Finding Healthy in the Middle

I’ve been working on this post off and on for the last few weeks. I’m hoping it becomes one of the more important things I write amongst all of these recipes. More than anything, I hope this resonates with you and it’s something that you can relate to. We can all find a place in the middle to be healthy.

As a healthy food blogger I feel so much pressure to be… well, healthy. Healthy in every way all the time. Specifically, to look healthy. But what does that mean? Society in combination with social media have created a distinct image of what healthy looks like. According to places like Instagram and Hollywood it looks like a size 2, ab selfies in the mirror at the gym, lots of yoga pants and a life of juicing and supplements.

That extreme version of healthy we so often see portrayed can get to me. I’m not a size 2 and I don’t run marathons. I still really like Cadburry Mini Eggs and I personally think juicing is a terrible idea. But I am still healthy. I’m a solid size 8 these days, I work out for an hour about 4 times a week and while I don’t loooove working out, I do it because I know it’s good for me. I like makeup and skincare products that are inherently not natural. Does that mean I’m not a good representative of health, particularly natural health?

Knowing I have the first Whole30 endorsed cookbook coming up, The Good Food Cookbook, will people be evaluating my work based on how I look? Well, crap, because I still like chocolate. For what it’s worth, I am certain that Melissa does not believe an image of health is based on size or appearance either, hence the focus on non-scale victories in the Whole30 rather than weight loss. In fact, that is what I love so much about Whole30; it’s not focused on measurements, counting calories and sizes. The focus is on health and our relationship with food, not weight loss.

Here’s the deal, I’m human though and I too have insecurities. I see the images purporting to represent health and for as healthy as I am, I am still not that. It can be really freaking intimidating. I don’t have a six pack and working out at the gym in a sports bra isn’t going to happen. (And did I mention I still really like Cadbury Mini Eggs? Sorry, it’s that time of the year!) But if I, as someone who eats quite clean the majority of the time and works out moderately on a regular basis, can still feel that I fall short of this image of health how must others feel? How can we continue to strive for health if these are the predominant images we are seeing and equating to healthy? What happens when we don’t achieve that perfection? Does that mean we failed at “healthy”, that healthy is not for us?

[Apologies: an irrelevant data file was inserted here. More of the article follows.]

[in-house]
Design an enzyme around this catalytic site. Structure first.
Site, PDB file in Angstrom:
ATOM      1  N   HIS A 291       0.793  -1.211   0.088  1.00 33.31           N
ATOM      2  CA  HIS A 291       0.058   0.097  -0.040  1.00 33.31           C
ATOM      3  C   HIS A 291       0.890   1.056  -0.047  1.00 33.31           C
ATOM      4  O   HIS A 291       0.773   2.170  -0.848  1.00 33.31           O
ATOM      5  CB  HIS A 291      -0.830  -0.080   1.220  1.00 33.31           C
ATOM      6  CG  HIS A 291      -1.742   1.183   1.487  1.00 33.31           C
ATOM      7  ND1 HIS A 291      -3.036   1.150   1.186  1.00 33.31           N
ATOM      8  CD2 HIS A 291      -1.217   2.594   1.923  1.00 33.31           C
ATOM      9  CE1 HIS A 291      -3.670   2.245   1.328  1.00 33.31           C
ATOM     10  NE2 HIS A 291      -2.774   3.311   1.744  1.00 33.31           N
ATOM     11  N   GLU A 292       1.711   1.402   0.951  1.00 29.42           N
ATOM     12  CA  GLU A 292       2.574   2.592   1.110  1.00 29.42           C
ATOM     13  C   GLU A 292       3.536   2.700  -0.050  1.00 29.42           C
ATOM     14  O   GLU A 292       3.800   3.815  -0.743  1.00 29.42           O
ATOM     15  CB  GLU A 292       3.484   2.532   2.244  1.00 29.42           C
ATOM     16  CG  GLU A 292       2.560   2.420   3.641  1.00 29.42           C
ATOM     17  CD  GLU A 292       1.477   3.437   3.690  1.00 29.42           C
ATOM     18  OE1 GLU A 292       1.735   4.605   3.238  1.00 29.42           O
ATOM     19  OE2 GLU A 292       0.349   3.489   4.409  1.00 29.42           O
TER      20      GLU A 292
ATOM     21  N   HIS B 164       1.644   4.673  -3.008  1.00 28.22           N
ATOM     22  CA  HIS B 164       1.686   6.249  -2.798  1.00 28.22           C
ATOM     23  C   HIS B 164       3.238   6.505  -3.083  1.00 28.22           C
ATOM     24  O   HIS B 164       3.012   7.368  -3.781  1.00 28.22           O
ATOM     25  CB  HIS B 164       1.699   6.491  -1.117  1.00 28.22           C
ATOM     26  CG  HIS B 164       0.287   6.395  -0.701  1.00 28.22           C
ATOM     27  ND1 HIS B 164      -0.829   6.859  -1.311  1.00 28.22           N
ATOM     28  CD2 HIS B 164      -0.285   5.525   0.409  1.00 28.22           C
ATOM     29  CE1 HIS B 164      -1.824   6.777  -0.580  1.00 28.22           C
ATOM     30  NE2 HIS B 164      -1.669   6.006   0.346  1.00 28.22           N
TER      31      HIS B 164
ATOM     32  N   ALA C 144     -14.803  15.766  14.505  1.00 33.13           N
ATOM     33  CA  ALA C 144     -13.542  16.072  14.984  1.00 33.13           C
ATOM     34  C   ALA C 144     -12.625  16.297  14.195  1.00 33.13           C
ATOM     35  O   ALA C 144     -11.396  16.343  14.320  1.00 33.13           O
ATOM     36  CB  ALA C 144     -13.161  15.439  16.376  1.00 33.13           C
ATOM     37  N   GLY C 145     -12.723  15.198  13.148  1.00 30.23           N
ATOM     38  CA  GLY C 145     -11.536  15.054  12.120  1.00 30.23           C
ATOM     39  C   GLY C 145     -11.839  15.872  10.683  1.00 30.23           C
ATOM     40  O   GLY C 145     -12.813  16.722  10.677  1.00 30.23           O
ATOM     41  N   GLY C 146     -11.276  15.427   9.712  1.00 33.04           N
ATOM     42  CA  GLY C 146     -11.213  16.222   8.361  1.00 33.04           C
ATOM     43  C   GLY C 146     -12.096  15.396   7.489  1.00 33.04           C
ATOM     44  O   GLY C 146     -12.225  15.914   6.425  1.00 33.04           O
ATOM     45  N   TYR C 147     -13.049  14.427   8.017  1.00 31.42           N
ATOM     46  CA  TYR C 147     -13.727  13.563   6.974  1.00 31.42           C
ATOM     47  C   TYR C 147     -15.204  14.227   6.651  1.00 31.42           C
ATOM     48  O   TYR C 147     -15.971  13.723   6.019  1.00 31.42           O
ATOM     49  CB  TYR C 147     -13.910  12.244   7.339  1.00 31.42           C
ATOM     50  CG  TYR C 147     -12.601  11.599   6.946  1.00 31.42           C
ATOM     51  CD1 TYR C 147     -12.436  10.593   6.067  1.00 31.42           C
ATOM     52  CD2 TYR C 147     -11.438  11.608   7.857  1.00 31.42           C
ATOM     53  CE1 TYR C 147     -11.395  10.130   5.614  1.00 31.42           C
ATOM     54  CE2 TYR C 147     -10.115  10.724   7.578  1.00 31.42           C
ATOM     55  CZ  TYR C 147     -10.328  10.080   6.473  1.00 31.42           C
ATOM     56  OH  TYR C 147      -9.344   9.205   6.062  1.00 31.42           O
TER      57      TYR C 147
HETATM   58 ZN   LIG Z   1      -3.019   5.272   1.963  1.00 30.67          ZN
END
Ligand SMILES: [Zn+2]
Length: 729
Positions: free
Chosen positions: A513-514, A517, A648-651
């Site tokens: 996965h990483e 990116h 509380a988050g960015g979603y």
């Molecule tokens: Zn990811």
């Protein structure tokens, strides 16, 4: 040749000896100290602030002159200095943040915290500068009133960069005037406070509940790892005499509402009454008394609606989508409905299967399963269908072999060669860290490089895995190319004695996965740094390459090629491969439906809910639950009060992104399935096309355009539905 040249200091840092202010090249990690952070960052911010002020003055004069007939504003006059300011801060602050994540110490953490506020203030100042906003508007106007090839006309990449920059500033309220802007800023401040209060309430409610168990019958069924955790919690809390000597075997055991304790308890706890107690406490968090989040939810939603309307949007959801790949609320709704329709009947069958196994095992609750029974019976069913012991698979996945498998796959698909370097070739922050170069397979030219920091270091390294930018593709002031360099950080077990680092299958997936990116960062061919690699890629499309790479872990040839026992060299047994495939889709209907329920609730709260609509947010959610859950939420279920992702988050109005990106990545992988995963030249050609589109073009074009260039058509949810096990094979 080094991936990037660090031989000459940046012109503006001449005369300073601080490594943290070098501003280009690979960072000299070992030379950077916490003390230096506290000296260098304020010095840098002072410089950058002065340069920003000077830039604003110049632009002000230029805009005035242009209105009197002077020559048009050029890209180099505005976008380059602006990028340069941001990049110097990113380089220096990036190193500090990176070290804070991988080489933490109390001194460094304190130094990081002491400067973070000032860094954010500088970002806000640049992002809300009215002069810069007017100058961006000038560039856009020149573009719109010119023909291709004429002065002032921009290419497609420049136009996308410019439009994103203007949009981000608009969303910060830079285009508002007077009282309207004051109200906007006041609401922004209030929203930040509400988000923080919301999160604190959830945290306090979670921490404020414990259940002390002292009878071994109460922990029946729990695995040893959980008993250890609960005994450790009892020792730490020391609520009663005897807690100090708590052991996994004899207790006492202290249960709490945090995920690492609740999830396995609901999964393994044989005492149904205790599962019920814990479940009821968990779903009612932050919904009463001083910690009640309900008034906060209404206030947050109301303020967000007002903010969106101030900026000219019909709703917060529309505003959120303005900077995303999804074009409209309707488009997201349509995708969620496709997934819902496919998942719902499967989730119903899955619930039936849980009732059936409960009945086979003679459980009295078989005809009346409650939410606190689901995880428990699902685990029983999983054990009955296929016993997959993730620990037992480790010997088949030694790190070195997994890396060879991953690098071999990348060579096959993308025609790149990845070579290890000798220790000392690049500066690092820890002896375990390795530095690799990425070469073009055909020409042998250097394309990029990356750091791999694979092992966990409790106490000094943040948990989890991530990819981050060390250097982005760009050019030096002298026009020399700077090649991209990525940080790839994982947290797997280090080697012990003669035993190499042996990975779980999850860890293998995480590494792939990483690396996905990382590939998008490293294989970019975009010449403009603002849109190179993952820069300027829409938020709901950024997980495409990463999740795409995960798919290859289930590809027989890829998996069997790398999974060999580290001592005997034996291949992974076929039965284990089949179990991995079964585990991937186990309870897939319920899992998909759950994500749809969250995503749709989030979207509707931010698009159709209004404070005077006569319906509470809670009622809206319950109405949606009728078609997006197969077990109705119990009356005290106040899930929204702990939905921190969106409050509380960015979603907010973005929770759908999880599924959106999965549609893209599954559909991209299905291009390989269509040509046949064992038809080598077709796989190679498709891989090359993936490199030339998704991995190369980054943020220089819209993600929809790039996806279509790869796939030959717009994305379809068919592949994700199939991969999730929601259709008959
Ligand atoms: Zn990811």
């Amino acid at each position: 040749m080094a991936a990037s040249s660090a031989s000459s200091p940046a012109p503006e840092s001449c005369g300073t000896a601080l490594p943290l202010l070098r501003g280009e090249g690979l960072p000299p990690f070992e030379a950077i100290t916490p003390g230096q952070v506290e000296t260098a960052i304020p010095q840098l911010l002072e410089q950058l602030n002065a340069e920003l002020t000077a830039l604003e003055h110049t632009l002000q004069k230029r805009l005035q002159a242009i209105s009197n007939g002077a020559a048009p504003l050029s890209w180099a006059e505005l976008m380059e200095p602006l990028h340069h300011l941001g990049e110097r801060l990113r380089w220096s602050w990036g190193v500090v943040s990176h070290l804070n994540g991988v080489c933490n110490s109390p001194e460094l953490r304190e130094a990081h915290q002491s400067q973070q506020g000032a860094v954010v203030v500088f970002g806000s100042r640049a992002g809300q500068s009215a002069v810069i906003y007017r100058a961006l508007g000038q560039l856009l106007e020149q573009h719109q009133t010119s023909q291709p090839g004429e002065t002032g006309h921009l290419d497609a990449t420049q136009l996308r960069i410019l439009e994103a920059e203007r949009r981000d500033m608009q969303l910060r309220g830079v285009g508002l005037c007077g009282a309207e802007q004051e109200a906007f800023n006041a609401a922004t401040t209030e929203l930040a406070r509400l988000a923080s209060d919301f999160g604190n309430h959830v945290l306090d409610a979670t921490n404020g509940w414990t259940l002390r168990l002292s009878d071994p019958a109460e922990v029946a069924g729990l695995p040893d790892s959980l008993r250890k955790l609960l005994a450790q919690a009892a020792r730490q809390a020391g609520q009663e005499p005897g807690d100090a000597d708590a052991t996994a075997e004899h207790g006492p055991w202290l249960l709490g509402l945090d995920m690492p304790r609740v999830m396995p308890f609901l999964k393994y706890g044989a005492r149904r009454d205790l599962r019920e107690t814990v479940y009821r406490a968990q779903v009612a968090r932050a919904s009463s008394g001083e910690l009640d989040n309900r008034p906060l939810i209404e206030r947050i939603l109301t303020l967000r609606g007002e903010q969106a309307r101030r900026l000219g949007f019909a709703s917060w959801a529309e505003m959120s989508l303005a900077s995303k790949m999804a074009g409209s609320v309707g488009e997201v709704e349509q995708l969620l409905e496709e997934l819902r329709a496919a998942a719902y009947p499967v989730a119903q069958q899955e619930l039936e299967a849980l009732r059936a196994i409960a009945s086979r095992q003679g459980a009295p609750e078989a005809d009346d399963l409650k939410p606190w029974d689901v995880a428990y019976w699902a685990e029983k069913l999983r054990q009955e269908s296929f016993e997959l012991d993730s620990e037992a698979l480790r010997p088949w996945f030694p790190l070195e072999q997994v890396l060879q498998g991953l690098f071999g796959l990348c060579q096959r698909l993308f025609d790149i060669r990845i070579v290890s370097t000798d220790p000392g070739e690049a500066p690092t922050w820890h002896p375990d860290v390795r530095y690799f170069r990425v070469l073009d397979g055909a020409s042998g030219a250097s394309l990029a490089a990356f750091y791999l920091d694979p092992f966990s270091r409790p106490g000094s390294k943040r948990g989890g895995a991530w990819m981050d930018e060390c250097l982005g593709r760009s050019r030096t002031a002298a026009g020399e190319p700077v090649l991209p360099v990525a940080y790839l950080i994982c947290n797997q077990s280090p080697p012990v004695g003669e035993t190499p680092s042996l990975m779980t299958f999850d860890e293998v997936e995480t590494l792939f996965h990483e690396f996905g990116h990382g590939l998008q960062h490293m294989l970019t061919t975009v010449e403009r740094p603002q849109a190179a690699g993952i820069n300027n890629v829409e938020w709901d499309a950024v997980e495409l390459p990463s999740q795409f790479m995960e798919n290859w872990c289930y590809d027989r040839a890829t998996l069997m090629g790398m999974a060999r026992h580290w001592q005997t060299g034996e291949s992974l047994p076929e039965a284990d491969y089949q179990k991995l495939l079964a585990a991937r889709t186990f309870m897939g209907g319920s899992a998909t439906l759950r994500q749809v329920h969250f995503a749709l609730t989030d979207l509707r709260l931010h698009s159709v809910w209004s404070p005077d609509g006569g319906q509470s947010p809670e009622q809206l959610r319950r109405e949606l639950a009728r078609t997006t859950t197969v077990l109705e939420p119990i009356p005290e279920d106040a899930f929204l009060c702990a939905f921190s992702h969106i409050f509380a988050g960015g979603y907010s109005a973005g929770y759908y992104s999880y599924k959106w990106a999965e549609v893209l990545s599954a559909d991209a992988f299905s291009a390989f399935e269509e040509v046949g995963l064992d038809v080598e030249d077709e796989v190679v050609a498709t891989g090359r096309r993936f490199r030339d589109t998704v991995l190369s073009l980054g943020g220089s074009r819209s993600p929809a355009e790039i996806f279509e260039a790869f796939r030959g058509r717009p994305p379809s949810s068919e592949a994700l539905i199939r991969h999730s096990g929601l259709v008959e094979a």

No. The answer in no. Healthy is for everyone and it’s not limited to a size, shape or an extreme version of healthy. There is a healthy in the middle. Healthy is not defined in perfection.

Being healthy doesn’t always come easy for me. As I mentioned, I work out because I know it’s good for my body not because I love it. I do love pizza but I choose not to eat it every day because I know it doesn’t serve my body. Being healthy for me is a series of conscious choices I make every day to take care of my body. As time goes on it gets easier and easier to make the good choices because I feel good doing so but it’s not effortless for me.

These days much of my diet is comprised predominantly of whole foods as the meals I eat here at home are mostly Whole30 compliant or paleo. But my life is not a perfect image of healthy everything. But I am healthy. I feel good and and I feel strong and I make many healthy decisions day to day.

I want to tell you this didn’t come overnight and it isn’t always effortless for me. It’s through the practice of making good choices time and time again that it has become easier.  Sometimes it can seem online that it’s so damn easy for all of us health freaks out there. Everyone loooooves their green juices and planks right? No, not everyone. It’s an effort. So if it doesn’t come easy for you, don’t worry it doesn’t mean that this isn’t for you.

As a woman in a deeply image conscious society, I feel confident saying I speak for many of us when I say we need to turn the conversation of health away from appearances. We deeply need to focus on our wellness and not our sizes as indicators of health as hard as that is. I don’t want to feel that I need to be a smaller size or look a certain way to be a strong voice in the world of health and wellness. Perhaps this post is a way for me to release that pressure into the universe and move forward with a stronger voice.

Let me make this clear, this post is not to take away from other’s healthy efforts, results from time spent in the gym and diets, truly. I simply want people to accept other versions of healthy outside of this. The longer we focus on the “perfect” images of health and not the true state of feeling healthy we will continue to keep people away from a healthy lifestyle as we drown in our struggles to achieve perfection.

This post is from me to you saying it’s ok to be in the middle and be healthy. You don’t need to look a certain way or a be certain size to claim your health. You don’t need to be perfect in your journey towards a healthier you. It’s time to expand what healthy looks like.


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  1. This is such a beautiful post. It needs to be said and I am so grateful for your bravery and compassion. Health is not one size fits all.

  2. This is such an inspiring post ❤️ I’ve done 3 Whole 30s and I’ve been feeling like I’ve “failed” because I have not reached a desired food freedom for myself and find myself slipping into old habits. I am always watching your stories and reading your posts because they’re so honest and help reassure me that I can’t be perfect right away. THANK YOU!!